Ann Radcliffe (née Ward, 9 July 1764 – 7 February 1823) was an English author and pioneer of the Gothic novel. Radcliffe's technique of explaining the supernatural elements of her novels has been credited with enabling Gothic fiction to achieve respectability in the 1790s. Radcliffe was born Ann Ward in Holborn, London, on 9 July 1764. Her father was William Ward (1737–1798), a haberdasher, who moved the family to Bath to manage a china shop in 1772. Her mother was Ann Oates (1726–1800) of Chesterfield. Radcliffe occasionally lived with her Uncle, Thomas Bentley, in Chelsea, who was in partnership with a fellow Unitarian, Josiah Wedgwood, maker of the famous Wedgwood china. Sukey, Wedgwood's daughter, also stayed in Chelsea and is Radcliffe's only known childhood companion. Sukey later married Dr Robert Darwin and had a son, Charles Darwin. Although mixing in some distinguished circles, Radcliffe seems to have made little impression in this society and was described by Wedgwood as "Bentley's shy niece".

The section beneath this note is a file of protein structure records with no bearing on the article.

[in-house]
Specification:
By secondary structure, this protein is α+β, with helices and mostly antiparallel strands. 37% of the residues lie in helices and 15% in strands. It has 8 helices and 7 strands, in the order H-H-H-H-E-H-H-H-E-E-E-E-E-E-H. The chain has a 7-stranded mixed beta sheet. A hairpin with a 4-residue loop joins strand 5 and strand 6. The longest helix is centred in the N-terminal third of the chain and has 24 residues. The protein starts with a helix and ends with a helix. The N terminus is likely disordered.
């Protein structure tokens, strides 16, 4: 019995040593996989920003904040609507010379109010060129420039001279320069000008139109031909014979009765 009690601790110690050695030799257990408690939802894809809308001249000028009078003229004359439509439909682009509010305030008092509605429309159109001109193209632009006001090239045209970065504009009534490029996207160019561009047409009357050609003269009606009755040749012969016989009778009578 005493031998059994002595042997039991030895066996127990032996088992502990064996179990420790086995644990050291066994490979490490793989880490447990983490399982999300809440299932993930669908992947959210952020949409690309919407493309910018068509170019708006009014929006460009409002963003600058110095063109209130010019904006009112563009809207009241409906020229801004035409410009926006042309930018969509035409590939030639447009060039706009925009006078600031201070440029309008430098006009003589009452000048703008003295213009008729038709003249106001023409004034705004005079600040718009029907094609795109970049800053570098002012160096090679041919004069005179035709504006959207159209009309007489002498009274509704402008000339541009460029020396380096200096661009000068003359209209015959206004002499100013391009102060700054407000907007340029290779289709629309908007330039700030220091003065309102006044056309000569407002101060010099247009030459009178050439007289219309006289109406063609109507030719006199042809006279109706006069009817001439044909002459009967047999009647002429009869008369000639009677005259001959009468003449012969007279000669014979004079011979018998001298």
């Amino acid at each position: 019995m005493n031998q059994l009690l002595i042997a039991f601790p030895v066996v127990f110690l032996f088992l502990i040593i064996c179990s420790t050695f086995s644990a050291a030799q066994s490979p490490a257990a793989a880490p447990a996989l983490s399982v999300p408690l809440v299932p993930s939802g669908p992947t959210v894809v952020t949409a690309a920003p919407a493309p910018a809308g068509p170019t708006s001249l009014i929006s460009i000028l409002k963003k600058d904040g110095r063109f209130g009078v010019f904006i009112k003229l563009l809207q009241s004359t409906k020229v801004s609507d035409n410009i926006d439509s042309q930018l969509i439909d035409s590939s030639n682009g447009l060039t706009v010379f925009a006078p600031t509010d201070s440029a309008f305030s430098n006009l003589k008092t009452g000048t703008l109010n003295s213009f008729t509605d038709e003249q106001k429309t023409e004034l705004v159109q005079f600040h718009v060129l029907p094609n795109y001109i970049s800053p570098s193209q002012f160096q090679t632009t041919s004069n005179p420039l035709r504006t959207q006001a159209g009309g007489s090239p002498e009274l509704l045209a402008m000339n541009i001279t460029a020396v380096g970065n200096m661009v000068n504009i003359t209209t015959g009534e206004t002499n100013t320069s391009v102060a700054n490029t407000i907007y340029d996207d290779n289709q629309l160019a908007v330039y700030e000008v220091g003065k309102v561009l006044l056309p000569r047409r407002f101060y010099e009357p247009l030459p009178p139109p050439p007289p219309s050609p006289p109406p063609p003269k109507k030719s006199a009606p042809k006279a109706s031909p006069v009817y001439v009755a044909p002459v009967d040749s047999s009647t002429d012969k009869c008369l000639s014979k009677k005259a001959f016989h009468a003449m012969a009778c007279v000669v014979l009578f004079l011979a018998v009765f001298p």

Acerca de Ann Radcliffe
Ann Radcliffe (1764-1823) was the leading exponent of Gothic fiction. During her lifetime she published five novels including A Sicilian Romance (1790), The Mysteries of Udolpho (1794) and The Italian (1797), as well as a collection of European travel writings. Her novels were immensely popular and much imitated.